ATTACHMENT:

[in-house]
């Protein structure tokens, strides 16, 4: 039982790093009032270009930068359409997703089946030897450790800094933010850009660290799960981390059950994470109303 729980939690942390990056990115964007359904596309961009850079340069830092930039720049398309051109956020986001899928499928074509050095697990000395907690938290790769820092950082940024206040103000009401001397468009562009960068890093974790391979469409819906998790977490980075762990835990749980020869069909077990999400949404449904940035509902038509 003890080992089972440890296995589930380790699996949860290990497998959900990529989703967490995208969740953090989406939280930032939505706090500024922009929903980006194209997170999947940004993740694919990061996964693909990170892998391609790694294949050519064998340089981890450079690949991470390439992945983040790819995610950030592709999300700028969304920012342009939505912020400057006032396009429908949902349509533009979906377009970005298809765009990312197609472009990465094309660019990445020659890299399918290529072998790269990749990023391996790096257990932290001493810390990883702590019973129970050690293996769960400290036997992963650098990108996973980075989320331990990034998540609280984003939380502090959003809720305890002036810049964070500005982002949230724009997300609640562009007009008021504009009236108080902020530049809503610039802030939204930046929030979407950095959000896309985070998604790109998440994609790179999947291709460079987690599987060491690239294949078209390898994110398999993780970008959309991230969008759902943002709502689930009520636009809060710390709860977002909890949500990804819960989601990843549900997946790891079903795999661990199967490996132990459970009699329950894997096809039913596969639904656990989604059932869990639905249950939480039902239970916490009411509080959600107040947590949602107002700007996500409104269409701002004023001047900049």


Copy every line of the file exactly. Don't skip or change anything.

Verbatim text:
[in-house]
């Protein structure tokens, strides 16, 4: 039982790093009032270009930068359409997703089946030897450790800094933010850009660290799960981390059950994470109303 729980939690942390990056990115964007359904596309961009850079340069830092930039720049398309051109956020986001899928499928074509050095697990000395907690938290790769820092950082940024206040103000009401001397468009562009960068890093974790391979469409819906998790977490980075762990835990749980020869069909077990999400949404449904940035509902038509 003890080992089972440890296995589930380790699996949860290990497998959900990529989703967490995208969740953090989406939280930032939505706090500024922009929903980006194209997170999947940004993740694919990061996964693909990170892998391609790694294949050519064998340089981890450079690949991470390439992945983040790819995610950030592709999300700028969304920012342009939505912020400057006032396009429908949902349509533009979906377009970005298809765009990312197609472009990465094309660019990445020659890299399918290529072998790269990749990023391996790096257990932290001493810390990883702590019973129970050690293996769960400290036997992963650098990108996973980075989320331990990034998540609280984003939380502090959003809720305890002036810049964070500005982002949230724009997300609640562009007009008021504009009236108080902020530049809503610039802030939204930046929030979407950095959000896309985070998604790109998440994609790179999947291709460079987690599987060491690239294949078209390898994110398999993780970008959309991230969008759902943002709502689930009520636009809060710390709860977002909890949500990804819960989601990843549900997946790891079903795999661990199967490996132990459970009699329950894997096809039913596969639904656990989604059932869990639905249950939480039902239970916490009411509080959600107040947590949602107002700007996500409104269409701002004023001047900049």